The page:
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3D Printing in the Medical Device Supply Chain – Why It Works and Why It Doesn’t

Market research firm IDTechEx estimates that the global market for 3D-printed (additive manufacturing) medical devices will increase to more than $6 billion over the next decade. Medical device companies are actively pursuing intuitive ways to incorporate 3D printing into their business models for prototyping new products and even delivering personalized devices and treatments to patients.

In short, through additive 3D printing methods, virtually any individual shape that can be drawn on a computer and be translated into a real part that is produced orders of magnitude faster than through traditional manufacturing methods. As 3D printing technology continues to develop and become more refined, new use cases for it are emerging in the medical device space, often coinciding with trends in personalized medicine. 3D printing has the potential to streamline the way workflows and supply chains are organized, however, the stakes are a bit higher as the production cycle now starts and ends with the patient.

Applications of 3D Printing in the Medical Device Industry

Currently, 3D printing has been applied in specific but nonetheless notable scenarios. Improved polymer casts can be designed and 3D printed to align more naturally with a patient’s body structure while saving material, resulting in a lighter and more comfortable product. Hearing aids can be 3D printed with customized fits while considerably reducing manufacturing times. Other common use cases include finger splints, prosthetics, device part replacements, and even biomaterial production.

Organizations have begun to incorporate 3D printing to enhance their value propositions and offer cutting-edge personalized services. For instance, on September 6th, 2019, Bone 3D, a French manufacturer of personalized medical devices, acquired a Stratasys J750 3D printer to generate full-color, multi-material models and thus expand on its production of patient-specific surgical guides and surgical simulators

“Since its installation, it has quite literally transformed what we’re able to achieve and the speed with which we can do it,” explains Jérémy Adam, Founder and President of Bone 3D, in a recent 3D Printing Industry article,  “the J750 is now the tip-end of the spear for our business – both insofar as production of highly-realistic models, and R&D development.”

A major benefit of 3D printing medical devices stems from how it augments the back-and-forth design-to-delivery process. For example, if a patient is being assessed for spinal fusion surgery, surgeons are now able to send patient-specific data from a CT scan to a medical device maker, who can then design, 3D print, and test a physical spinal cage prototype within hours. Spinal cages are commonly embedded into patients to help vertebrae heal into a natural alignment. However, new 3D printing methods allow these cages to be designed with improved porous geometry that minimizes the amount of required material and improves the body’s ability to heal.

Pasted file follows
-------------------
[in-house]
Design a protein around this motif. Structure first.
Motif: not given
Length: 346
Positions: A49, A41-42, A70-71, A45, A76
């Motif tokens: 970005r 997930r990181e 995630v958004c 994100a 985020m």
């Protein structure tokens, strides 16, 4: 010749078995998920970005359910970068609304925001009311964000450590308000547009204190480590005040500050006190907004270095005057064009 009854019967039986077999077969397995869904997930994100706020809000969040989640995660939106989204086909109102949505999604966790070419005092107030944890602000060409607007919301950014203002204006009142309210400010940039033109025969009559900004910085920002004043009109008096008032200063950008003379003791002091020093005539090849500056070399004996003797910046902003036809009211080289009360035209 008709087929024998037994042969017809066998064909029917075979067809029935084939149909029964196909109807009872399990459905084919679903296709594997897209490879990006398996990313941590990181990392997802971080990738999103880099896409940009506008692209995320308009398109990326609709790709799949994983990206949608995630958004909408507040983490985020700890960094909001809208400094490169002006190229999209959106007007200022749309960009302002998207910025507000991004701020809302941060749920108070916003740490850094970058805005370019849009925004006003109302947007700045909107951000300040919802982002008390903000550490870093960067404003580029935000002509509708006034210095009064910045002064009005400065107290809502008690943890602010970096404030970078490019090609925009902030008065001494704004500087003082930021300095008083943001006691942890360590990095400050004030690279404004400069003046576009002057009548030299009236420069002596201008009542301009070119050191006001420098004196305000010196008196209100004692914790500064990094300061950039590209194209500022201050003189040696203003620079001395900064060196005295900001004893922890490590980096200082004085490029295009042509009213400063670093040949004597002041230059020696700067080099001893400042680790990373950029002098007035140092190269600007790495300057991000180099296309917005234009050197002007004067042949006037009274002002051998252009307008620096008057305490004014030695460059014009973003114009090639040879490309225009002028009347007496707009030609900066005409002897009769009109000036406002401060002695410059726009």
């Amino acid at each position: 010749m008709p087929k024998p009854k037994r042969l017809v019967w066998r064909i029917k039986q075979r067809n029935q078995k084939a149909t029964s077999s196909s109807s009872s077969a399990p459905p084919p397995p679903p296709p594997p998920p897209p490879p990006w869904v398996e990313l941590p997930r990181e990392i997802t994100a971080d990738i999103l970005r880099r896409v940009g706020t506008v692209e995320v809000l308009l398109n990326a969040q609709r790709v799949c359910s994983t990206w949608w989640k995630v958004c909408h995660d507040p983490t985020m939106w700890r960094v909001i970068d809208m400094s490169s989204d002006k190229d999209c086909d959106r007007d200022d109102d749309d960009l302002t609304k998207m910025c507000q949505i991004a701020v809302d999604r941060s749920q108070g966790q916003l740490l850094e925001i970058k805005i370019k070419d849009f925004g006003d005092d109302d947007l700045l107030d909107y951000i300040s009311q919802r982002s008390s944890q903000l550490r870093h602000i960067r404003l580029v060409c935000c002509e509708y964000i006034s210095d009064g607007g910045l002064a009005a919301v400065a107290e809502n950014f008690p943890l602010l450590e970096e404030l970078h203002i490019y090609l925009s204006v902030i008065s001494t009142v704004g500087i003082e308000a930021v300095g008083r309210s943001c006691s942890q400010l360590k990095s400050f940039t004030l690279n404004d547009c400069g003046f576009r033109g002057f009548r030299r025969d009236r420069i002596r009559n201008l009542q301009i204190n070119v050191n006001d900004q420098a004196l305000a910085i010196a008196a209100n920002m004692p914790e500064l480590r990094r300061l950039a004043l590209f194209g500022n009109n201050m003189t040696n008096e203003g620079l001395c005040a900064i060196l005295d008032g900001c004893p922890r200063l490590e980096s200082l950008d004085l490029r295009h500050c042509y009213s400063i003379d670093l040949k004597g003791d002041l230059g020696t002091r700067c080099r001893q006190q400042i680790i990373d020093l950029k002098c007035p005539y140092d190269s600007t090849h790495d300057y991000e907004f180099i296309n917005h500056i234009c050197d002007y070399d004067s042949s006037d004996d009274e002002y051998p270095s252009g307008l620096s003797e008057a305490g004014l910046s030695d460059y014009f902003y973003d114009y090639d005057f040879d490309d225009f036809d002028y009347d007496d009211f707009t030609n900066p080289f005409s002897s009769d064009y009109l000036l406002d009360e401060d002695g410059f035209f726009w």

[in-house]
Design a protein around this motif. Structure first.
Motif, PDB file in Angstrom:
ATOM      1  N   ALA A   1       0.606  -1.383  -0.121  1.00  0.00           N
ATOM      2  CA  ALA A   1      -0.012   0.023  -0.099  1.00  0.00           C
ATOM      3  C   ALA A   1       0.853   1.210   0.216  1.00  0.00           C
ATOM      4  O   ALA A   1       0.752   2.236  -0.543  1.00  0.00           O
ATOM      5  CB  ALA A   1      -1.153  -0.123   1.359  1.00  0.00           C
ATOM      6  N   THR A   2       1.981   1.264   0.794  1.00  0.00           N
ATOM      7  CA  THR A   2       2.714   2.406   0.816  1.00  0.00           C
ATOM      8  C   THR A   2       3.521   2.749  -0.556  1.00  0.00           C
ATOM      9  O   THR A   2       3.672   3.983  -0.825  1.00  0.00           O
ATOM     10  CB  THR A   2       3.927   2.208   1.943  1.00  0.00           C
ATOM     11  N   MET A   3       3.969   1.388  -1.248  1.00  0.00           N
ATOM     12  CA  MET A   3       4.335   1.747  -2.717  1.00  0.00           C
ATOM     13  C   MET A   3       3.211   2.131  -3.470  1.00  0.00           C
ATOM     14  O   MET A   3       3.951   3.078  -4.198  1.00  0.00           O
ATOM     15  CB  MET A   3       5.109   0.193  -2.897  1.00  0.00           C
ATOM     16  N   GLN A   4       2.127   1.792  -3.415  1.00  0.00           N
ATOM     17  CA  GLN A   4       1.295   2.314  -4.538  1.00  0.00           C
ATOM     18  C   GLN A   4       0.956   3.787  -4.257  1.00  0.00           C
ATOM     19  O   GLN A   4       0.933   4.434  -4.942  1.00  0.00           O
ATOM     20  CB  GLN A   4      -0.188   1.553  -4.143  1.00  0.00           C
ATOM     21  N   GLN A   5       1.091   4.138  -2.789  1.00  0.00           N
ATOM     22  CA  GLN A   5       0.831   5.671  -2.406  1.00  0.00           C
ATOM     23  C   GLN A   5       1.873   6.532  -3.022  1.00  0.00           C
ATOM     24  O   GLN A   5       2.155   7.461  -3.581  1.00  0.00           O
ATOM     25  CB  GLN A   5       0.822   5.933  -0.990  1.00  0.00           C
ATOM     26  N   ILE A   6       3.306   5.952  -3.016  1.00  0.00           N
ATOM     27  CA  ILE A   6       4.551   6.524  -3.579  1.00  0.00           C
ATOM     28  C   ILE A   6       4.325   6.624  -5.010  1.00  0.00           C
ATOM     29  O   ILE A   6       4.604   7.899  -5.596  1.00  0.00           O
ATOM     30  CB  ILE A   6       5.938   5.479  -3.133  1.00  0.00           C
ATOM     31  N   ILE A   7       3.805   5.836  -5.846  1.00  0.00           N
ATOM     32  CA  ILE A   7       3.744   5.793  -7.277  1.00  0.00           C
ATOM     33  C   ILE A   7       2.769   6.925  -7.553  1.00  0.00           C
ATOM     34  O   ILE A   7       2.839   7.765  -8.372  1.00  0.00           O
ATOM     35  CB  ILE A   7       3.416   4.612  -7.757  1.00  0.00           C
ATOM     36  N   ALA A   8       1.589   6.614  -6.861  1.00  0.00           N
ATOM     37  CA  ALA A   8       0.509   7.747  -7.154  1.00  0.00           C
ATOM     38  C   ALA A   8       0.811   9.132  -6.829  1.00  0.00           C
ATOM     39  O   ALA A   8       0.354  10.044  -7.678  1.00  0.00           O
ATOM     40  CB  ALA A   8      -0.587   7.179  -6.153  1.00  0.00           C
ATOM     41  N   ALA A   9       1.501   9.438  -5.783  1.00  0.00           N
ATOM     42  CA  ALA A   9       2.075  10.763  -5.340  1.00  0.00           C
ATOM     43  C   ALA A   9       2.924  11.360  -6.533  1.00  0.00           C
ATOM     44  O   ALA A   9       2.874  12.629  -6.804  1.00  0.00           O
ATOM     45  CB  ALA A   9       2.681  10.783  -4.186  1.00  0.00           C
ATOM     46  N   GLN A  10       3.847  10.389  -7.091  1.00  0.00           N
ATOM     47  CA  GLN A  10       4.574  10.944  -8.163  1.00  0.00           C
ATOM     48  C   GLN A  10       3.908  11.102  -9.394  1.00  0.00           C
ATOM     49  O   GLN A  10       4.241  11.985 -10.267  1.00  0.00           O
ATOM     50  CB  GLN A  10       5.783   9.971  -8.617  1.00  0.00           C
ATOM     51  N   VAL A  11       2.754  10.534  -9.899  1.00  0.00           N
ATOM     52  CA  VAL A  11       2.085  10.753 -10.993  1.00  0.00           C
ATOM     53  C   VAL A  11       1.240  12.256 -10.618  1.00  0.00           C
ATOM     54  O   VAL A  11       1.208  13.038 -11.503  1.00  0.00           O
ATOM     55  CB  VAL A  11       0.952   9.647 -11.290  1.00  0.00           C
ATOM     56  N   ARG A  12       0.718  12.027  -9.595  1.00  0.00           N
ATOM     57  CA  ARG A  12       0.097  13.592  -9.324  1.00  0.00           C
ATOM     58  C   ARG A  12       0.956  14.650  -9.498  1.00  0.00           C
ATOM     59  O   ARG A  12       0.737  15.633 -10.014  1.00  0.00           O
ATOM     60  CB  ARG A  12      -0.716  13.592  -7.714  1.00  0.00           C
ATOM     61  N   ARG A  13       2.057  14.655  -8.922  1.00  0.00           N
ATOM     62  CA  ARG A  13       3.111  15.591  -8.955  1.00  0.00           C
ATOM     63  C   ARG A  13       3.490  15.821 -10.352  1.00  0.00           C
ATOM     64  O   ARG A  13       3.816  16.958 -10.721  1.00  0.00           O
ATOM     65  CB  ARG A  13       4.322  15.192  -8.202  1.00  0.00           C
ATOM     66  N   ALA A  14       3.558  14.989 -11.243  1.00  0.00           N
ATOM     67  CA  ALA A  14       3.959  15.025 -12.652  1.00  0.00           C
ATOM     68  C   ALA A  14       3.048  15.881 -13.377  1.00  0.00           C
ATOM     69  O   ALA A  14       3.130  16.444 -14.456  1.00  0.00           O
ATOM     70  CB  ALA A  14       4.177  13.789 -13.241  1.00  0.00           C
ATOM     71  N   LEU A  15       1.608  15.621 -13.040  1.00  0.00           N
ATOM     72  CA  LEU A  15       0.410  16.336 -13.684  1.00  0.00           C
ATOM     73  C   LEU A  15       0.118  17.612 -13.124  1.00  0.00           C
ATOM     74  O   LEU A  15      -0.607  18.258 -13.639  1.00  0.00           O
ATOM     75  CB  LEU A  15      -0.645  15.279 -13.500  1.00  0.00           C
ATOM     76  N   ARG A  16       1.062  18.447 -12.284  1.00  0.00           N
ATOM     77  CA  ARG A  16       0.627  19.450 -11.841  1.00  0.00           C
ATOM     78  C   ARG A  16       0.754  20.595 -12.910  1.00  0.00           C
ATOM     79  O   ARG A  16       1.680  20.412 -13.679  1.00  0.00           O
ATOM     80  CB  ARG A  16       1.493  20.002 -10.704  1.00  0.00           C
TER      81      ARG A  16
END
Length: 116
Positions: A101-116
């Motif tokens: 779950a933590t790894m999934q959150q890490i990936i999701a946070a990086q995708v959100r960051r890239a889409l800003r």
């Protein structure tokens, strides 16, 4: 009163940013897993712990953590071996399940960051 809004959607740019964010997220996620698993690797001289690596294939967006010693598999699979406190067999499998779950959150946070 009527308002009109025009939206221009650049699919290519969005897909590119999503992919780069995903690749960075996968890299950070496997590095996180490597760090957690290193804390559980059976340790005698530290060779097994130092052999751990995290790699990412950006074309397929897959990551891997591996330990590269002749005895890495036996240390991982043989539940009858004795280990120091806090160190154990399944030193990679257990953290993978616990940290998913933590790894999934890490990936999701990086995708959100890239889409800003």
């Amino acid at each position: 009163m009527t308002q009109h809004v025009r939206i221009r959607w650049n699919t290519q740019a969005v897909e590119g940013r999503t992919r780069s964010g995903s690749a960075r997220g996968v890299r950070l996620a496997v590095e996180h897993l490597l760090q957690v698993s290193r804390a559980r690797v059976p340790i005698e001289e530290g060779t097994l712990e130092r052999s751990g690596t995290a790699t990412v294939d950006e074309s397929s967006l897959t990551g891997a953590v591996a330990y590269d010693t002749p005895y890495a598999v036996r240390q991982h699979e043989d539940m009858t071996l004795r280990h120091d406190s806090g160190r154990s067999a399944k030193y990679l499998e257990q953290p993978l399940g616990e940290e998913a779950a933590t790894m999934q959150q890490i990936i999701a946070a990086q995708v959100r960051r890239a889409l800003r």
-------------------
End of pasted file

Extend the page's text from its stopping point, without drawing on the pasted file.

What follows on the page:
Scaling 3D Printing and Effects on Supply Chain

Understanding how 3D printing can fit into a medical device company’s supply chain is a complex challenge. On one hand, 3D printing can allow some manufacturers to bypass arduous import processes and instead digitally transmit a product design to domestic soil. On the other hand, 3D printing does reach an operational efficiency threshold when it comes to larger bulk manufacturing. Currently, 3D printing, like in the case with Bone 3D, is best suited for production in small batches which is why it has begun to be used for creating custom replacement knees or hips.

3D printing’s major effect on the supply chain is that it can increase the degree of distributed manufacturing and digitizing inventory which, in turn, can disrupt product lifecycles. For situations where it is applicable, 3D printing connects production more closely with point of use, transforming dynamics among suppliers, customers, and service providers.

If a medical device company is seeking rapid design and testing capabilities, it has the option to invest in building out 3D printing capabilities in-house. This path requires specific talent with the right skillset to implement, but lead times can be dramatically reduced. One advantage of developing in-house capabilities is that medical device companies can become less reliant on a supplier. However, for production-level output, many organizations could look to vendors such as Stratasys.

In general, rather than shipping raw materials or components, a supply chain could possibly shift to moving 3D printing materials and parts for final assembly or finished products for distribution. Even so, air cargo experts estimate up to 5% of all cargo could be produced with 3D printing, which only reflects a minor dent at this stage. While there are clearly ways 3D printing can make a supply chain more dynamic, it will likely be a few years before trucking and air cargo carriers see a major shift in volume attributed to 3D printing and additive manufacturing.

Medical device companies exploring 3D printing should consider a cost-benefit analysis to understand production advantages and limitations. Further, organizations should assess their quality procedures to ensure 3D printed products are compliant and in-line with regulations.

Can additive manufacturing differentiate your organization’s services? What systems must be in place to support 3D printing? How would 3D printing affect supply chain? At Clarkston, we are focused on helping life sciences companies innovate and explore new technologies. If you are interested in learning more about our experience in the medical device industry, please contact a steward.

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Tags: Life Sciences Trends, Supply Chain Planning & Execution, Supply Chain Technology